Three Questions To Reflect On

First: What question do you hope your examiners don’t ask in the viva?

Second: …whatever the question was that you thought of in response to the question above!

Third: Since you can’t do anything to prevent the question from potentially being asked in the viva, what can you do before the viva to help you be in a better position to respond?

 

And a fourth bonus question: more generally, what can you do to put yourself in a good position for your viva?

More Starters

I was playing with the random post link when I came across Starters (from a few years ago) and was once again reminded of these very helpful words by Rudyard Kipling:

I keep six honest serving-men
(They taught me all I knew);
Their names are What and Why and When
And How and Where and Who.

If you’re starting your viva preparations, and perhaps want to shake loose some thoughts about what you’ve done, consider the following questions inspired by the words above:

  • What’s been your aim for the last few years?
  • Why did you start a PhD?
  • When did you find your greatest idea to date?
  • How have you approached your research?
  • Where do you think your research could be applied?
  • Who are you now, compared to when you started?

Reflect on your research and your journey to start your viva preparations. You may not be asked these questions directly, but you can be sure they will uncover ideas relevant to the discussions you’ll have with your examiners.

You Have To Get Better

Think of three things that you’ve got better at by doing a PhD.

  • First list them: how would you specify these skills, processes or knowledge areas?
  • Write a few sentences for each about how you started your PhD: how would you qualify your ability or awareness then?
  • Write a few sentences for each about where you are now: how good are you today?
  • Write a few sentences for each about what made the difference: how did you get from where you were to where you are?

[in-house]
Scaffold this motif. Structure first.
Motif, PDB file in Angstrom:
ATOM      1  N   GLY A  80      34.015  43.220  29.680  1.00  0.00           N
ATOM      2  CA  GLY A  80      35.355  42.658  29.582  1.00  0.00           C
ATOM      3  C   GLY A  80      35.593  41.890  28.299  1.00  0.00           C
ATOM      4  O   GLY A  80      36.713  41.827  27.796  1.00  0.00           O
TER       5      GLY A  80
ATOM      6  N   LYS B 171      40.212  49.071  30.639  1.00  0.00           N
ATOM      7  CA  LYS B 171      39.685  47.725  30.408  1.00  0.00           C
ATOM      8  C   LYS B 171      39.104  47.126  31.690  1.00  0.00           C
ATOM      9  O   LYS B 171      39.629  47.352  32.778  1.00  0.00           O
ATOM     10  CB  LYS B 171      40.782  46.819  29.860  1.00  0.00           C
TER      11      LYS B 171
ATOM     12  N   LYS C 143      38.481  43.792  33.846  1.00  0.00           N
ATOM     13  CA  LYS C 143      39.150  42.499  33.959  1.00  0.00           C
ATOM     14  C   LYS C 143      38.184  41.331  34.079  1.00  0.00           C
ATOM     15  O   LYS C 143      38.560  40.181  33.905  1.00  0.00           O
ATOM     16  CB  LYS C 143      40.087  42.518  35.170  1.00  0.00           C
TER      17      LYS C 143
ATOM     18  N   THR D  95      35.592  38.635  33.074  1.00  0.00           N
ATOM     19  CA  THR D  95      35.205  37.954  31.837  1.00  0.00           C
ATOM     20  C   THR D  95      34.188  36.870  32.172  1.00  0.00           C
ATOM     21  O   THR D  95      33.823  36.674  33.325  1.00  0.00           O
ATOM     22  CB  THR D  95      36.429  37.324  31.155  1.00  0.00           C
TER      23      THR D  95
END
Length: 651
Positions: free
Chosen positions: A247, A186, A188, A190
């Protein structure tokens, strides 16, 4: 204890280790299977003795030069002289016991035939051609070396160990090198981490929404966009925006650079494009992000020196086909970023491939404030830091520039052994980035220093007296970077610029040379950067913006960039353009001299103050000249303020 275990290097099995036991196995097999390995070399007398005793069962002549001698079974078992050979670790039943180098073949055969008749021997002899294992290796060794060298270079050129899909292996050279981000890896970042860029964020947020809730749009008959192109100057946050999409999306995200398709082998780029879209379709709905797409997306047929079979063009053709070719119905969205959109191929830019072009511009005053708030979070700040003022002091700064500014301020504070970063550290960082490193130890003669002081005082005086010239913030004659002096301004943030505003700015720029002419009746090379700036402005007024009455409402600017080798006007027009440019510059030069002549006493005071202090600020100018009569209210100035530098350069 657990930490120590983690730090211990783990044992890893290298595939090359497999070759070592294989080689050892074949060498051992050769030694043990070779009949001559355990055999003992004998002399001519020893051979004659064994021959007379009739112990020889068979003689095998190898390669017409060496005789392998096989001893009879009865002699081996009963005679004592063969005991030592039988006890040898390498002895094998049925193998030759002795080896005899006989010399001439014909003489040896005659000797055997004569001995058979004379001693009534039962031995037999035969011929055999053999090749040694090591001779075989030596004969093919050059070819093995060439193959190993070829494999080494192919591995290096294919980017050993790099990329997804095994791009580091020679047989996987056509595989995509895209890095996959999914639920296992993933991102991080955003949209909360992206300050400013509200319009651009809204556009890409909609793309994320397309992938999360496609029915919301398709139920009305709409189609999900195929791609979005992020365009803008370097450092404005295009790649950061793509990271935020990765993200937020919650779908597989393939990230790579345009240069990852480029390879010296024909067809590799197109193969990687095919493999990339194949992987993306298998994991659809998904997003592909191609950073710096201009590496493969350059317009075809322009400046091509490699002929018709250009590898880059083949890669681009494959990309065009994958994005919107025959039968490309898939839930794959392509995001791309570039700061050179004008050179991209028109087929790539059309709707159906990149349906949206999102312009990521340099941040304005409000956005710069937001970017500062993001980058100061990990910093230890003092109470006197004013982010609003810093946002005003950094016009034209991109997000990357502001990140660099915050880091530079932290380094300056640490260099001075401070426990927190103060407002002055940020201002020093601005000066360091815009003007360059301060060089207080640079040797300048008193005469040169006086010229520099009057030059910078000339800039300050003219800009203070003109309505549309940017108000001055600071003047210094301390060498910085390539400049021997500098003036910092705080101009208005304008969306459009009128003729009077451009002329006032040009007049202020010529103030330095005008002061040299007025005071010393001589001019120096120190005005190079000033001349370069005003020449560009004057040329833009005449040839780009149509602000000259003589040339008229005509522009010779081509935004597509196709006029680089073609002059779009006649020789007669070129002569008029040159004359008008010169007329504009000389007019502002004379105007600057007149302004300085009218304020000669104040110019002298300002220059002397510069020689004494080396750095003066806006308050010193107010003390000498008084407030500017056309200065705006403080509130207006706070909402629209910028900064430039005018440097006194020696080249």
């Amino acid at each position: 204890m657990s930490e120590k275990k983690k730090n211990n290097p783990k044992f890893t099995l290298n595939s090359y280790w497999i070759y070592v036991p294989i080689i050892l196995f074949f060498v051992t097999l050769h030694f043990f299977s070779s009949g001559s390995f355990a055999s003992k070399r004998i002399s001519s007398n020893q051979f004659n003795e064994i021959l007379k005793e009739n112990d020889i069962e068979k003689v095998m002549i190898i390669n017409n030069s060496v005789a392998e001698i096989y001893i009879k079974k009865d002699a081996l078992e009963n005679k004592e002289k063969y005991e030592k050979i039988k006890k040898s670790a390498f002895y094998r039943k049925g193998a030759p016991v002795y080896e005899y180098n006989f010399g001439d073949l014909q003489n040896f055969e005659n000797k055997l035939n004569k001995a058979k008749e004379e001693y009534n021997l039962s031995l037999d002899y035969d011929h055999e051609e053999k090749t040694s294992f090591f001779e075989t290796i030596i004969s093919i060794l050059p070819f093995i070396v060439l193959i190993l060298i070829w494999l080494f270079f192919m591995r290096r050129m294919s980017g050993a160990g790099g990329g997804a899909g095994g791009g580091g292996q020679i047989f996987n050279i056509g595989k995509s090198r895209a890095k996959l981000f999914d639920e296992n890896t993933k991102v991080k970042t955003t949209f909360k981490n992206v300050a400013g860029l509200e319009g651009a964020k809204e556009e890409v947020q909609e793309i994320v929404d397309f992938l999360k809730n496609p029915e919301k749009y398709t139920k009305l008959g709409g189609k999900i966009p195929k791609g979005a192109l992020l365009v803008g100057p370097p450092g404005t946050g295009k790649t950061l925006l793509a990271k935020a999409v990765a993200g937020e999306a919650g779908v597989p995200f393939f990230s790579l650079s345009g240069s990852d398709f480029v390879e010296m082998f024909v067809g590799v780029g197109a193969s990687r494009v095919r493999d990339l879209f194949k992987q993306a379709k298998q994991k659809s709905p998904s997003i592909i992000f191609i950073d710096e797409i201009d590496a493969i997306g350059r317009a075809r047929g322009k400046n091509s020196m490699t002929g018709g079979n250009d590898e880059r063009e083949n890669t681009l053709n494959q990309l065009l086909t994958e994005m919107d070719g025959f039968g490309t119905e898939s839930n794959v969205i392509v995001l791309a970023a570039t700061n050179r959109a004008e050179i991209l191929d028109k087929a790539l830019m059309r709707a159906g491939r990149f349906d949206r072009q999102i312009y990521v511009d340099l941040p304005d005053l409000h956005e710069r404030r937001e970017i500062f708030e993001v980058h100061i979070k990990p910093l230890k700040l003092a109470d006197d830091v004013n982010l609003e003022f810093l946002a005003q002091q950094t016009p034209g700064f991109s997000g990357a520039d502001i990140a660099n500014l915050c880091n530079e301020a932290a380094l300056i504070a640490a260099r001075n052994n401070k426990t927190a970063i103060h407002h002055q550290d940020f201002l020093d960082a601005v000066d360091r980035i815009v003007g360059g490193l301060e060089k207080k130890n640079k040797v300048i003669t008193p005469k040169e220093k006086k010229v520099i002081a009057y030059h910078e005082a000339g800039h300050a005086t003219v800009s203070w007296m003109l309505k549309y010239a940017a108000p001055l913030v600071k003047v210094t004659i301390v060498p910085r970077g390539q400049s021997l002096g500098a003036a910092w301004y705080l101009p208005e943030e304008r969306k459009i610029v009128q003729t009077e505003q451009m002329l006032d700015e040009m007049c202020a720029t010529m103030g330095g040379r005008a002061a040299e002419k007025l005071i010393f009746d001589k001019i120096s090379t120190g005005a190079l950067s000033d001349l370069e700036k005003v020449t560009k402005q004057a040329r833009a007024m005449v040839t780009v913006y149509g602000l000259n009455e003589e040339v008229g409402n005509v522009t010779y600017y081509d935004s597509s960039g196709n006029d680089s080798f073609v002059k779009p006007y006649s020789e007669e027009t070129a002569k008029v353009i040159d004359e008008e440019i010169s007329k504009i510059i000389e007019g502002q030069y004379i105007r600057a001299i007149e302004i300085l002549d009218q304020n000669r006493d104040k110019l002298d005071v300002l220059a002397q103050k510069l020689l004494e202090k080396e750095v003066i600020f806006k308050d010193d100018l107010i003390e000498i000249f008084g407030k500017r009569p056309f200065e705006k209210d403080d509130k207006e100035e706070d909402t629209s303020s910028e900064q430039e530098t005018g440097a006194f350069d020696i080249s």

You have to get better at lots of things during a PhD, but progress and change can be so small day-by-day that it’s hard to see. Look back now, reflect and convince yourself.

Your development can be one of the roots of your confidence for your viva.

And So On

A question in the viva cannot prompt you to talk in minute detail about the sum of three or more years of work. Every response for every question that you are asked will take up a few hours at most.

A response could be short because that’s what it needs to be. It could leave details out because they aren’t as important as what you keep in. It could be incomplete because the complete details would take too long, or you don’t have them, or for some other reason.

A response may or may not be an answer to the question. It may or may not move the conversation in the direction you or your examiners want. It may be that you have to stop before you really want to, or just give an indication of what you mean, rather than the full picture.

Remember: you can always pause and think, and your examiners can always ask for more if they need it.

BOOST Your Mini-Viva

I like my mini-vivas resource, a tool to create valuable practice responding to questions before the viva.